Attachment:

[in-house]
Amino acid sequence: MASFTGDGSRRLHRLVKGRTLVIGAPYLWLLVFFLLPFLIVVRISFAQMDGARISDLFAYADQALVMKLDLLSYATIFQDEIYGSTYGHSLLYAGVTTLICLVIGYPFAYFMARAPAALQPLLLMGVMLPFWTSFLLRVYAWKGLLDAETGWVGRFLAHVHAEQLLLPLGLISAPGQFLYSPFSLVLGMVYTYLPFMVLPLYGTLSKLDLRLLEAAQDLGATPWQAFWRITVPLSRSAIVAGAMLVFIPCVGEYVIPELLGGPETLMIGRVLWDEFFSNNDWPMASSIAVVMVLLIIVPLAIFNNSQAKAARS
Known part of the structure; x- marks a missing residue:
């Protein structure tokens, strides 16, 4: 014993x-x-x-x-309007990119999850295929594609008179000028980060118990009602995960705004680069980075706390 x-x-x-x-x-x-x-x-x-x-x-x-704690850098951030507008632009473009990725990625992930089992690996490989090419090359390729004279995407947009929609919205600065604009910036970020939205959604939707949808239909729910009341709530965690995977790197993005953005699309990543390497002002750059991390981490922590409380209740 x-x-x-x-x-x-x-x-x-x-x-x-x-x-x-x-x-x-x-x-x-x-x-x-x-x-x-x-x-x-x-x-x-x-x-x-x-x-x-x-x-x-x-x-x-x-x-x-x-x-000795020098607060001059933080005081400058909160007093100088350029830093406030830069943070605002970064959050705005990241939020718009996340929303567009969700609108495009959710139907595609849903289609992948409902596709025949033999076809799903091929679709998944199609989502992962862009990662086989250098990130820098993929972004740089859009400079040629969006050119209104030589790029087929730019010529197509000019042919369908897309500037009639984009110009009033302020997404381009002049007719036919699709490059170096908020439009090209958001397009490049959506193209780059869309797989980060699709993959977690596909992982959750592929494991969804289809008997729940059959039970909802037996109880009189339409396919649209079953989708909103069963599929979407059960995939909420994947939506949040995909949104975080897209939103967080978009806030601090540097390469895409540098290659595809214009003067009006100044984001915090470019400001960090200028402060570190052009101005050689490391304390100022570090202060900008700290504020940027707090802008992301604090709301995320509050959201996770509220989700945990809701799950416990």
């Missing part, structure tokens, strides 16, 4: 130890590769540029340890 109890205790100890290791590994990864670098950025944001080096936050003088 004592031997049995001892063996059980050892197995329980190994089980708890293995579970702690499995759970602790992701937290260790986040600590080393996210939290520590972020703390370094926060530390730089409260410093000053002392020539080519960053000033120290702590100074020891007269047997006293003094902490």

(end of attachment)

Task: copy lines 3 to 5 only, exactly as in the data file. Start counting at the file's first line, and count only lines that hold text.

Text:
Known part of the structure; x- marks a missing residue:
């Protein structure tokens, strides 16, 4: 014993x-x-x-x-309007990119999850295929594609008179000028980060118990009602995960705004680069980075706390 x-x-x-x-x-x-x-x-x-x-x-x-704690850098951030507008632009473009990725990625992930089992690996490989090419090359390729004279995407947009929609919205600065604009910036970020939205959604939707949808239909729910009341709530965690995977790197993005953005699309990543390497002002750059991390981490922590409380209740 x-x-x-x-x-x-x-x-x-x-x-x-x-x-x-x-x-x-x-x-x-x-x-x-x-x-x-x-x-x-x-x-x-x-x-x-x-x-x-x-x-x-x-x-x-x-x-x-x-x-000795020098607060001059933080005081400058909160007093100088350029830093406030830069943070605002970064959050705005990241939020718009996340929303567009969700609108495009959710139907595609849903289609992948409902596709025949033999076809799903091929679709998944199609989502992962862009990662086989250098990130820098993929972004740089859009400079040629969006050119209104030589790029087929730019010529197509000019042919369908897309500037009639984009110009009033302020997404381009002049007719036919699709490059170096908020439009090209958001397009490049959506193209780059869309797989980060699709993959977690596909992982959750592929494991969804289809008997729940059959039970909802037996109880009189339409396919649209079953989708909103069963599929979407059960995939909420994947939506949040995909949104975080897209939103967080978009806030601090540097390469895409540098290659595809214009003067009006100044984001915090470019400001960090200028402060570190052009101005050689490391304390100022570090202060900008700290504020940027707090802008992301604090709301995320509050959201996770509220989700945990809701799950416990």
């Missing part, structure tokens, strides 16, 4: 130890590769540029340890 109890205790100890290791590994990864670098950025944001080096936050003088 004592031997049995001892063996059980050892197995329980190994089980708890293995579970702690499995759970602790992701937290260790986040600590080393996210939290520590972020703390370094926060530390730089409260410093000053002392020539080519960053000033120290702590100074020891007269047997006293003094902490």